It is often argued that takeovers are difficult in companies with a dual class share structure because the founders and others hold a large number of voting shares and therefore control the company. However, from the point of view of good corporate governance, it is very important that the possibility of a takeover of the company, i.e. a change of control, is open. This article examines the arrangements that can be used to facilitate a takeover, assuming the introduction of a dual class share structure.〔For the argument that the issue of introducing a dual class share structure should be dealt with primarily by including the clause in the charter or articles of incorporation (hereinafter referred to as "articles of incorporation") at the time of the IPO, See, Berger & Fisch & Solomon (2023)〕.
In this regard, it has been suggested that companies adopting a dual class share structure should include in their articles of incorporation the granting of a control premium in the event of a takeover, so that shareholders with a high proportion of voting rights have an incentive to tender their shares in a takeover bid, thereby increasing the likelihood of a successful takeover (Position A, a type of 'unequal treatment clause', See, Smith(2017)). For example, a specific clause might read: 'In the event of a takeover procedure (e.g., takeover bid), high vote shares may receive an X% higher consideration than low vote shares'. Such an arrangement is a noteworthy approach that focuses on the incentives of shareholders holding high vote shares.
However, if a company with a dual class share structure has a clause such as (A) in its articles of incorporation, the payment of a control premium for high vote shares will require more acquisition funds than in the case of a normal takeover. This could act as a disincentive to complete a takeover. It should be noted that, in many jurisdictions, takeover bids in relation to companies issuing class shares are made on a class-by-class basis, which means that an acquirer may make a takeover bid on different terms for each class of shares, even if the target company does not provide for an arrangement as described in (A). However, even in this case, the payment of a control premium for high vote shares is effectively required, and the total amount of acquisition financing is likely to be higher when acquiring a company that has adopted a dual class share structure.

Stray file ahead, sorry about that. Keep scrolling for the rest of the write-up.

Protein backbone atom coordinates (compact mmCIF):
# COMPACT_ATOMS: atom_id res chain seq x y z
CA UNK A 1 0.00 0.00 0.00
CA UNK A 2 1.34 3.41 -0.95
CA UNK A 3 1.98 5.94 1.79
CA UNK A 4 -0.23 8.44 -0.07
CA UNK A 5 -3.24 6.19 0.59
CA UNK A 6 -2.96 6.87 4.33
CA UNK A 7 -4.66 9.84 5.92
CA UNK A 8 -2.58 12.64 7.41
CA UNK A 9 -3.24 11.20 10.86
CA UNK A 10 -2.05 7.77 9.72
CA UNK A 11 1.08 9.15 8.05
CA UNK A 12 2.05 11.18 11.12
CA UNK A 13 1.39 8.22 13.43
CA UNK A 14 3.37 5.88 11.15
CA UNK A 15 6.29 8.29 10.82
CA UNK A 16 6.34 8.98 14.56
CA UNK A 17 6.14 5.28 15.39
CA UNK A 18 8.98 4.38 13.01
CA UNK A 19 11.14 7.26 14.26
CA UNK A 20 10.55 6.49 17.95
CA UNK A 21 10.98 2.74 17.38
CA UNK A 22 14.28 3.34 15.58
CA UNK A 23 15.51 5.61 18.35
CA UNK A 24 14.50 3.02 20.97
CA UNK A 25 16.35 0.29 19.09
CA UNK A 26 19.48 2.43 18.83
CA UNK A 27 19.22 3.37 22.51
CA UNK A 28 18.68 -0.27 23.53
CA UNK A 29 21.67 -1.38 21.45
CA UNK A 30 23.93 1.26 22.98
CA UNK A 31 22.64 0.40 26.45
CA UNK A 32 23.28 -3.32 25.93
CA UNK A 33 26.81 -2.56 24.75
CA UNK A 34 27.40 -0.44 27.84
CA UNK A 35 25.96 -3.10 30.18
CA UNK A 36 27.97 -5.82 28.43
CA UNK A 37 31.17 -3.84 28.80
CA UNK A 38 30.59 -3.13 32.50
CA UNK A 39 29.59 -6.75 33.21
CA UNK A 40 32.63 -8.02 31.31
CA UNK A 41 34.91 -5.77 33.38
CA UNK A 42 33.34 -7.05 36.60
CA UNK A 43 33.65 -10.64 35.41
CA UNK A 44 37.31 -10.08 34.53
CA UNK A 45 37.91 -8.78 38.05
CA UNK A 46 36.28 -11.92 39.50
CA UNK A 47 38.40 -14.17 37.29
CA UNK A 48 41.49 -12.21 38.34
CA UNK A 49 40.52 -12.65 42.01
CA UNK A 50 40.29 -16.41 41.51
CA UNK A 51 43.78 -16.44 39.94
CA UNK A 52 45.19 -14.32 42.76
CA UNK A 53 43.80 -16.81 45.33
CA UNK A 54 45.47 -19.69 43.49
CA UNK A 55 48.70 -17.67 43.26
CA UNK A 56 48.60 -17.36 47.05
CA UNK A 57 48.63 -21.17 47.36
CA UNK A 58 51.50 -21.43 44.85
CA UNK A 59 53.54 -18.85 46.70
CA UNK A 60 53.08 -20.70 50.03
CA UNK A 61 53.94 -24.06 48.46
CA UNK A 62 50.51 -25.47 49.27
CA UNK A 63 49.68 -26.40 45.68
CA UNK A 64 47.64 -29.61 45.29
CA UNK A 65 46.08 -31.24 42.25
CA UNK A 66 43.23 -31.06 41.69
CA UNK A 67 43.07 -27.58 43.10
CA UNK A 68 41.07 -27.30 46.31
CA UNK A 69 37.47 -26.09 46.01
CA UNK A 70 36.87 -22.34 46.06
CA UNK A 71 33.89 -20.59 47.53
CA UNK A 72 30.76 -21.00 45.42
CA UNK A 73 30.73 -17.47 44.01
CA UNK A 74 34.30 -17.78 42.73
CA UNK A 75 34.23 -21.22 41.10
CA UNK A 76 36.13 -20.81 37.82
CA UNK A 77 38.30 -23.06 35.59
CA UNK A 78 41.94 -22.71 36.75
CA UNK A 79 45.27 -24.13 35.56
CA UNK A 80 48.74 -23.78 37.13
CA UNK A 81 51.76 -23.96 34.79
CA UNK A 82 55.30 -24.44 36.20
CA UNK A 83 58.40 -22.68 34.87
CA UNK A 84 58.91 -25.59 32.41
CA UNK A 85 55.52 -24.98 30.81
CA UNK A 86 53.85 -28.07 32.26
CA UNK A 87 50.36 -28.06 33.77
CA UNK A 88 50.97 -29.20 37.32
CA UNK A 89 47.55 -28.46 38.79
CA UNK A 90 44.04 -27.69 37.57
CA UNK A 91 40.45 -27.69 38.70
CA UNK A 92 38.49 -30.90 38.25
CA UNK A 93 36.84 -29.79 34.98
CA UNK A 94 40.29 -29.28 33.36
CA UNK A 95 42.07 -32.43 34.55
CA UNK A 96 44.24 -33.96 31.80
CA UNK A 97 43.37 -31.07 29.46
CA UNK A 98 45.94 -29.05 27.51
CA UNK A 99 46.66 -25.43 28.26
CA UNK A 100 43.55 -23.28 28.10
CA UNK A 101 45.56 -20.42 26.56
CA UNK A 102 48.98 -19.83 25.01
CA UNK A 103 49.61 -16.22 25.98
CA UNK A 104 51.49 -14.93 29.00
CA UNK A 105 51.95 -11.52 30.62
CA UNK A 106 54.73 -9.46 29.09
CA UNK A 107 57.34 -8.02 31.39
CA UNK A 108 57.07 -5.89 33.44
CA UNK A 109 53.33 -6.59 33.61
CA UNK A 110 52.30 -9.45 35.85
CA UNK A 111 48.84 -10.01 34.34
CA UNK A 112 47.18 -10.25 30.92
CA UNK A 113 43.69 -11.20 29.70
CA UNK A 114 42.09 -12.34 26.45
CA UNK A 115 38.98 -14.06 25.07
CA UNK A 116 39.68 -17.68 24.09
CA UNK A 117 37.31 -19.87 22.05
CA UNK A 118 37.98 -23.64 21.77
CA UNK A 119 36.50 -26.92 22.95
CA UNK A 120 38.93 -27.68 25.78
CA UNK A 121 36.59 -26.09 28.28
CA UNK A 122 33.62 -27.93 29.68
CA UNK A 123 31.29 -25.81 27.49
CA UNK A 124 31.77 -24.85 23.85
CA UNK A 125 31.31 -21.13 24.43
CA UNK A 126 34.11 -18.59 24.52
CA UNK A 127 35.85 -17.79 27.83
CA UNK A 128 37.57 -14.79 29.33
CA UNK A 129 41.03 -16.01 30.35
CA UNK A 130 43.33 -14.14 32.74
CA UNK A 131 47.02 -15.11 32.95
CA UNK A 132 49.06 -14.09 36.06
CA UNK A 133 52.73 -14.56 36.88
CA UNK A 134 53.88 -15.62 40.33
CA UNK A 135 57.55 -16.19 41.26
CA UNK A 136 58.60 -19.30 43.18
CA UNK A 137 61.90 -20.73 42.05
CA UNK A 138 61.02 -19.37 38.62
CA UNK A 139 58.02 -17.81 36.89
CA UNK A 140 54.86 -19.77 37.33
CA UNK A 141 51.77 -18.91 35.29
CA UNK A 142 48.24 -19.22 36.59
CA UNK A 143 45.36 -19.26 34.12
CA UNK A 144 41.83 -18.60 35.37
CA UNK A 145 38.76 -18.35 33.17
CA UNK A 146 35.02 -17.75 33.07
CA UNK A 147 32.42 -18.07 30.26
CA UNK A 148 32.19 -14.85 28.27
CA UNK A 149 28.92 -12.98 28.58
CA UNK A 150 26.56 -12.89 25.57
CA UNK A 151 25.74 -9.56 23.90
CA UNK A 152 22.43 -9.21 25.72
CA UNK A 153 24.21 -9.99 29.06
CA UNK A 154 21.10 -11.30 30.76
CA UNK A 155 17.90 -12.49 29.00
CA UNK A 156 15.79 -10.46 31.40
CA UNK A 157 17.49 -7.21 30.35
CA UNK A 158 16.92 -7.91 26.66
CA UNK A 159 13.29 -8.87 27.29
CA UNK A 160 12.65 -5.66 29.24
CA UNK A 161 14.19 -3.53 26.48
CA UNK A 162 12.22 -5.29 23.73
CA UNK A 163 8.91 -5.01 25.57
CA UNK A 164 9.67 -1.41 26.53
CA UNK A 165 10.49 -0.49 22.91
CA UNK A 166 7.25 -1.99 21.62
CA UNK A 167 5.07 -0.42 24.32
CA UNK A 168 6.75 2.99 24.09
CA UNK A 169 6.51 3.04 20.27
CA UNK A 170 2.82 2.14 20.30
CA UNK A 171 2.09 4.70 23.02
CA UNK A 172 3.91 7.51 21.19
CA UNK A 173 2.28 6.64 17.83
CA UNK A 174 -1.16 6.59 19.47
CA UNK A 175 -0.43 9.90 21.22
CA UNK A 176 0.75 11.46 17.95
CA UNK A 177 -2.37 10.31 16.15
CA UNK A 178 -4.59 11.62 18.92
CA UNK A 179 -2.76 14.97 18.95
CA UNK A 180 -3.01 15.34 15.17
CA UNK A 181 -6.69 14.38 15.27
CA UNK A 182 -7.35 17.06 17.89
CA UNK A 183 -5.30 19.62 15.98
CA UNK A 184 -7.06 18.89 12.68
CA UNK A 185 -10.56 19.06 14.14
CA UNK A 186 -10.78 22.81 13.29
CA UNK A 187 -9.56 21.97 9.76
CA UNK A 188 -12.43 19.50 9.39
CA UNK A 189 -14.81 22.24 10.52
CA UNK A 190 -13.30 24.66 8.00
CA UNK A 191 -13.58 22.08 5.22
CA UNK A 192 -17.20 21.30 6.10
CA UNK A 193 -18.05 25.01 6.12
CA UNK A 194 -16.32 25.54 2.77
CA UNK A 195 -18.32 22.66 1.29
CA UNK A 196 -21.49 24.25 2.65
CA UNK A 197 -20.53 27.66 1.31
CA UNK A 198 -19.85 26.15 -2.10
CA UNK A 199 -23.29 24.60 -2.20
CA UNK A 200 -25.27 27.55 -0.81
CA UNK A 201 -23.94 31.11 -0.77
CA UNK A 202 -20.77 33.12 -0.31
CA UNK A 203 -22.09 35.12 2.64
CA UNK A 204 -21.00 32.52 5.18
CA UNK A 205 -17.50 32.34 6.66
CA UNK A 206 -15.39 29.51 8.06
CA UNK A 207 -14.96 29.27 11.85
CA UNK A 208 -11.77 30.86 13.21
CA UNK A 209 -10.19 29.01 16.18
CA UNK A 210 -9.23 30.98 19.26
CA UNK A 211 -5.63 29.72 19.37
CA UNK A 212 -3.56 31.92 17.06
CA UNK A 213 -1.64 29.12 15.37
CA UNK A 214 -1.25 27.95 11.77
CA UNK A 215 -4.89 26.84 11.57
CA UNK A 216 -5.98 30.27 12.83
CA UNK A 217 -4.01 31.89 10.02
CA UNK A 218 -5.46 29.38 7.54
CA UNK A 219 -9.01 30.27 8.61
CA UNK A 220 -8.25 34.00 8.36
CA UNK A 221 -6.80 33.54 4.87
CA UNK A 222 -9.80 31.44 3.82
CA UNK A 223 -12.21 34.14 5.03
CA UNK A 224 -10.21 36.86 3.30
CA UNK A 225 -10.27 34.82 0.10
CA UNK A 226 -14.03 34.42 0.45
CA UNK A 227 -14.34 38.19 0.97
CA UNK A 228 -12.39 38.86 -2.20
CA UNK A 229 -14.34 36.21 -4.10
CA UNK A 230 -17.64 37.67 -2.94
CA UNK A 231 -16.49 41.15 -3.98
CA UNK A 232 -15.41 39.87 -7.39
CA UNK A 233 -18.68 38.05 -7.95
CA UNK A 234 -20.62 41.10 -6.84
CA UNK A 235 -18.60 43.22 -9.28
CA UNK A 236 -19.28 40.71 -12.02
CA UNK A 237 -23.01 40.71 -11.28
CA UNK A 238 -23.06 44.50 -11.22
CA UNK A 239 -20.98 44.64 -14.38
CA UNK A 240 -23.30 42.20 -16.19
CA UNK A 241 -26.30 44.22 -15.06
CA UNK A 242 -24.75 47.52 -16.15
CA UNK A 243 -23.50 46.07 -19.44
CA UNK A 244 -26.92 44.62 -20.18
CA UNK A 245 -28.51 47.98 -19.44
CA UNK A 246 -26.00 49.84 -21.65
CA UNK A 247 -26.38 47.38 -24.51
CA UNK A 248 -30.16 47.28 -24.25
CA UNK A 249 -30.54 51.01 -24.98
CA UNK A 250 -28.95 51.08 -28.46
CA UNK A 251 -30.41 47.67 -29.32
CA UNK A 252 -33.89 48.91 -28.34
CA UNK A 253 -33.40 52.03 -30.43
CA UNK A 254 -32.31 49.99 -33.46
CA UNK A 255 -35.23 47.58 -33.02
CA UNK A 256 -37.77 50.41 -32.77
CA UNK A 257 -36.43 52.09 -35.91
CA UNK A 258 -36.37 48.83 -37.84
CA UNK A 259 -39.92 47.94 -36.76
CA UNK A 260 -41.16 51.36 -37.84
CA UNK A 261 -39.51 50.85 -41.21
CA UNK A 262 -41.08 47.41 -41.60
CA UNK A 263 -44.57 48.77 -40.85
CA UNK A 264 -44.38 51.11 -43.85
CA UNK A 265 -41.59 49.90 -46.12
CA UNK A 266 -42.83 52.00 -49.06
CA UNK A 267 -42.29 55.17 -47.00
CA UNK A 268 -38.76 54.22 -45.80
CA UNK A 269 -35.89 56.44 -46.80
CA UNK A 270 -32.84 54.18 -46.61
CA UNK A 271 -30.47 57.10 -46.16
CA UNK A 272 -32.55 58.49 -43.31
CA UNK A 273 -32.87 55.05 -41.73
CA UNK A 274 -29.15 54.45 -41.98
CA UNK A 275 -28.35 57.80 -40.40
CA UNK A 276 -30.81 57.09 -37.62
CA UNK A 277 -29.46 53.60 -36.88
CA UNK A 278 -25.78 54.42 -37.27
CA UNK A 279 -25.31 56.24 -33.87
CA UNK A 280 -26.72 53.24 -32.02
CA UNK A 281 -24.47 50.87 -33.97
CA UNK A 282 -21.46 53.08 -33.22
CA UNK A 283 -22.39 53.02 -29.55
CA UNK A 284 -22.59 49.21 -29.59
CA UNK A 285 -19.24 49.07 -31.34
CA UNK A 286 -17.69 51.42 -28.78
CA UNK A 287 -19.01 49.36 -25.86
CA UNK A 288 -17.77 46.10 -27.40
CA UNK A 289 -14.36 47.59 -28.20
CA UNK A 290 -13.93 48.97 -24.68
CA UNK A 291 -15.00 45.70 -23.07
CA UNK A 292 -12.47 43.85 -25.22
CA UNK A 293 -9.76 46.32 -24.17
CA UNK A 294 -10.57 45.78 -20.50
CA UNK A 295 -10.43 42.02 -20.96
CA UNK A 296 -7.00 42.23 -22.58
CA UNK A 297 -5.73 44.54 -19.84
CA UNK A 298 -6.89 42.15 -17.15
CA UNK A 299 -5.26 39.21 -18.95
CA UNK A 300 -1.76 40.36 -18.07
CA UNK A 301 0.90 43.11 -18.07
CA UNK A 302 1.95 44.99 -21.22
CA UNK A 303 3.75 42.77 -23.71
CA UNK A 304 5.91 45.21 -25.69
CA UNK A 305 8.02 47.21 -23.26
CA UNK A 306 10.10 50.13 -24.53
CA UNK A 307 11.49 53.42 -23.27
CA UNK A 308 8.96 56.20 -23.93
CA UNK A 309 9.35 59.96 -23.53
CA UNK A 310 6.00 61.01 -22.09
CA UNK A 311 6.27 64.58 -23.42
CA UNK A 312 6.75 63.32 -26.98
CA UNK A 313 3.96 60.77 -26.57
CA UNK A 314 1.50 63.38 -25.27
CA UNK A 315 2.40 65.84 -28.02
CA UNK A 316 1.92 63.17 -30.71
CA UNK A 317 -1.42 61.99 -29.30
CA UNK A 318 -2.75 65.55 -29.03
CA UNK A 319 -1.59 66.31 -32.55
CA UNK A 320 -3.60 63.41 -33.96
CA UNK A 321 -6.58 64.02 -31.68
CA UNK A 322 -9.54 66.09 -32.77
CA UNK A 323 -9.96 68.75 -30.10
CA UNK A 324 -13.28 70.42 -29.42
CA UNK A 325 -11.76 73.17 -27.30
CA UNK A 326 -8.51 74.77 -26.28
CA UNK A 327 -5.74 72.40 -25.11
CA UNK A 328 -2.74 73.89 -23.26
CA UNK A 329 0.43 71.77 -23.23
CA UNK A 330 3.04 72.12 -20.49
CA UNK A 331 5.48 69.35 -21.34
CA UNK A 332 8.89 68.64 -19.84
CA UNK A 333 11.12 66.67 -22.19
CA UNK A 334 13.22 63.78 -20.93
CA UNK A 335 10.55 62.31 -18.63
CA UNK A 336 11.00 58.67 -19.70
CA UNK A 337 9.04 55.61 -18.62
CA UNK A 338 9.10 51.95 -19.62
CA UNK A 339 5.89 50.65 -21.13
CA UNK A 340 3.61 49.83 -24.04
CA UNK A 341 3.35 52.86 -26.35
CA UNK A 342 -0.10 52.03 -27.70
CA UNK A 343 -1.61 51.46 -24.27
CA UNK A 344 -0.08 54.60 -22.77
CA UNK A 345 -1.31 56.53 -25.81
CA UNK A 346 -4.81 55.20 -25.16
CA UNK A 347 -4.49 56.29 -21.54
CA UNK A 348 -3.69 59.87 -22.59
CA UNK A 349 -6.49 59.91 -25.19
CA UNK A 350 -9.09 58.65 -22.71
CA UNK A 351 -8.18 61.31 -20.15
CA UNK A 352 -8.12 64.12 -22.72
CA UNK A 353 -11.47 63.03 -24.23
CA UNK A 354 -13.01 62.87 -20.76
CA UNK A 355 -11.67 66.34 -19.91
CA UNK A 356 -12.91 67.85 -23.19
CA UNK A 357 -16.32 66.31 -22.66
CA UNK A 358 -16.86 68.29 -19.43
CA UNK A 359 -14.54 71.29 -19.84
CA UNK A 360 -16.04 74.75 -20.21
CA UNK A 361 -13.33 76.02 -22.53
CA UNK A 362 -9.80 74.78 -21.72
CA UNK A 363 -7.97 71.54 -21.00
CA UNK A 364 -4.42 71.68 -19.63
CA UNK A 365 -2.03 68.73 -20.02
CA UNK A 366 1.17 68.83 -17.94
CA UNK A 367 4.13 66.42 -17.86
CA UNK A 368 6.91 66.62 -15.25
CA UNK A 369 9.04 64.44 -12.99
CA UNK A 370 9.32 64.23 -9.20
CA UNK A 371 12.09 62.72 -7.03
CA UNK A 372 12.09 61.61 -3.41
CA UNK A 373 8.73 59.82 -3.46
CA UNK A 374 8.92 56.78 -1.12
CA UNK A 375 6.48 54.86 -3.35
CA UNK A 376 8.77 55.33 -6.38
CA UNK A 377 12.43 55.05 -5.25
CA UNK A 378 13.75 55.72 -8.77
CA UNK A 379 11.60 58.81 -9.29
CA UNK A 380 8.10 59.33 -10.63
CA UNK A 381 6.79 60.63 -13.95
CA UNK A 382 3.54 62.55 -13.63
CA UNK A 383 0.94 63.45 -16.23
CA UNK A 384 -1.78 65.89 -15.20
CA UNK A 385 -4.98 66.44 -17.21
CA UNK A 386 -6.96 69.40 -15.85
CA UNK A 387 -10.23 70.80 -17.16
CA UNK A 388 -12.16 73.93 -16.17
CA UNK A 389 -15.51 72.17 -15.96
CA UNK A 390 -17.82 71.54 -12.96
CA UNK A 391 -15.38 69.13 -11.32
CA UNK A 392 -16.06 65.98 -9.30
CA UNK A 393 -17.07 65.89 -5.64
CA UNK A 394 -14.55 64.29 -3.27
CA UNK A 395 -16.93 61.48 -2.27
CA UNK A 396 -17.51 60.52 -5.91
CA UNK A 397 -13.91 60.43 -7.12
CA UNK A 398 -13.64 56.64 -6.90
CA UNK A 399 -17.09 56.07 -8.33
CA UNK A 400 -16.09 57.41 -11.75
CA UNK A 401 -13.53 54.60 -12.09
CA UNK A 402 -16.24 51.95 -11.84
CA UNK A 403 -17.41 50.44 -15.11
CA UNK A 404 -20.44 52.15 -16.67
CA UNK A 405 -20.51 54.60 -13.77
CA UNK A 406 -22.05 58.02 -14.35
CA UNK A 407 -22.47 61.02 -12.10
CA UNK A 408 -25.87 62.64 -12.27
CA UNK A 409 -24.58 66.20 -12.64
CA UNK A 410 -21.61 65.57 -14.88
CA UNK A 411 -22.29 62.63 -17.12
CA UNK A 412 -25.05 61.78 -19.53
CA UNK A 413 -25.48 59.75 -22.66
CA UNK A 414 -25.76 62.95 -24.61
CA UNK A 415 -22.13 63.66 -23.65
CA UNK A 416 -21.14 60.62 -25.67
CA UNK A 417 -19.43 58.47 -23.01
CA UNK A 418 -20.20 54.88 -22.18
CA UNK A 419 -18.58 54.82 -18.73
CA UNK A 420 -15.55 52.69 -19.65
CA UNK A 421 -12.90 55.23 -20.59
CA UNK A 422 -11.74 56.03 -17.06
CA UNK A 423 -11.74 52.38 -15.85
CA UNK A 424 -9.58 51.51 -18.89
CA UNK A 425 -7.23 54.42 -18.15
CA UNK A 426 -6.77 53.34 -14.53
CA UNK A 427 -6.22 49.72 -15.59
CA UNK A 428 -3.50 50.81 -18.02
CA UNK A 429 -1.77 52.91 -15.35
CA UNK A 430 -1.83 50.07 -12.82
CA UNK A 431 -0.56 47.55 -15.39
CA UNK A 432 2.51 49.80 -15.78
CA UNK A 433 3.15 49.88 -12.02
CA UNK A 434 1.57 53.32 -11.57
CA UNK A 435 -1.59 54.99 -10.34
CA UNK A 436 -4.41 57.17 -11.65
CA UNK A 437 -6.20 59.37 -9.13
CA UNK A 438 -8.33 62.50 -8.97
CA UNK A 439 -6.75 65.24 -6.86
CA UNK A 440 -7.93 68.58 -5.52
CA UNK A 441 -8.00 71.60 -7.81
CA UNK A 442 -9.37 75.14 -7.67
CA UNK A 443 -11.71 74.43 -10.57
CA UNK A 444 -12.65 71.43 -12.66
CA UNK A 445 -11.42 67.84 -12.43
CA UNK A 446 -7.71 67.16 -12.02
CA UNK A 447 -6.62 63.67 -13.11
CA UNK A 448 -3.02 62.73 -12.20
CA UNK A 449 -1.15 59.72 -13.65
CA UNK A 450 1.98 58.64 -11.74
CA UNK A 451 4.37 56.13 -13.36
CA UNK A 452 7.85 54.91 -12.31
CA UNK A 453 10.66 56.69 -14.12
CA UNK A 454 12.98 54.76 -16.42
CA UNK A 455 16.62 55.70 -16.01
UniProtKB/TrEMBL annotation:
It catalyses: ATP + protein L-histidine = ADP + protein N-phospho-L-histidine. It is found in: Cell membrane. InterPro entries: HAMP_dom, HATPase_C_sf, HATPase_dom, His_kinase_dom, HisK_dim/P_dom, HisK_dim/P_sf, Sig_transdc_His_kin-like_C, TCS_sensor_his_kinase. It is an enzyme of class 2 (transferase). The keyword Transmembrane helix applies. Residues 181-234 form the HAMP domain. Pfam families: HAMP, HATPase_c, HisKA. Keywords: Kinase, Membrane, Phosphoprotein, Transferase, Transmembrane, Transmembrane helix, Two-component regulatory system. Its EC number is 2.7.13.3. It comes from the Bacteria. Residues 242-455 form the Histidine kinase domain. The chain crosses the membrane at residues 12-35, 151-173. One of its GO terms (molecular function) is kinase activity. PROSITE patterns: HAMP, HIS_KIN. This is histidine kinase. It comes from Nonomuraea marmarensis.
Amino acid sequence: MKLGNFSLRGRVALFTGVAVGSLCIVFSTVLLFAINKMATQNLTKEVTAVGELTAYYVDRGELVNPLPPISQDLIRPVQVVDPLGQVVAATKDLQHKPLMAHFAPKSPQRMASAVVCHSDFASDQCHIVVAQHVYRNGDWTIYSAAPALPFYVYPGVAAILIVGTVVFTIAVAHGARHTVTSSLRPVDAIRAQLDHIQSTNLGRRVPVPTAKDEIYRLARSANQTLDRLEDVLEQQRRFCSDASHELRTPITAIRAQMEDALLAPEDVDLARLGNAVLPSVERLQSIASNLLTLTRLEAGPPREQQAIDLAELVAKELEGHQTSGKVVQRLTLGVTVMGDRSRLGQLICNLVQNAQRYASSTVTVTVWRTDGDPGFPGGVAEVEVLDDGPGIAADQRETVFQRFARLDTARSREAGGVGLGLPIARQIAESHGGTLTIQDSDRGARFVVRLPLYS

On the other hand, in the US since the 2000s, some companies that have adopted a dual class share structure appear to have introduced clauses that grant voting rights in proportion to the percentage of shares held during the takeover procedure (See, Smith(2017); Petrucci (2023)) (Position B, a kind of "equal treatment clause"). Such clauses are problematic because they cause shareholders with high vote shares to lose control and the associated control premium, thereby reducing the incentive for shareholders with high vote shares to tender their shares to the bid. To overcome the problems associated with the equal treatment clause in (B), the use of a type of 'unequal treatment clause' as in (A) has been advocated.
Under clause (B), however, the high vote shareholder is no longer the controlling shareholder under the clause at the time of the takeover procedure, and if many of the other shareholders who were low vote shareholders accept the takeover bid, there is a good chance that the takeover will be completed. In light of the above considerations, in order to facilitate takeovers in companies with a dual class share structure, it would be more desirable to introduce a clause in the articles of incorporation that "allows high vote shareholders to lose control (and premium)" (position B) than a clause that "takes into account the control premium of high vote shareholders" (position A). In other words, an "equal treatment clause" (position (B)) would be preferable to an "unequal treatment clause" (position (A)) in the phase of corporate takeovers.
There may be some criticism that clause (B), which allows shareholders with high vote rights to lose control during the takeover procedure, would undermine the importance of introducing a dual class share structure in the first place. However, the introduction of a dual class share structure is not only important as a takeover defence. The fact that founders and others hold a high proportion of voting rights, and above a certain level of voting rights, enables them to do various things as majority shareholders under company law. It may be a reasonable option to introduce a clause in the articles of incorporation that facilitates a takeover of the company in exchange for such advantages for the founder shareholders and others under a dual class share structure.
Hiroyuki Watanabe is a Visiting Scholar at University of London (IALS), Professor of Law in Japan (2009-2023) and ECGI Academic Member (since 2020). His research areas include corporate law, securities law, and finance law. His main current interest is the fundamental structural changes in recent times in capital markets and corporate governance in Japan.
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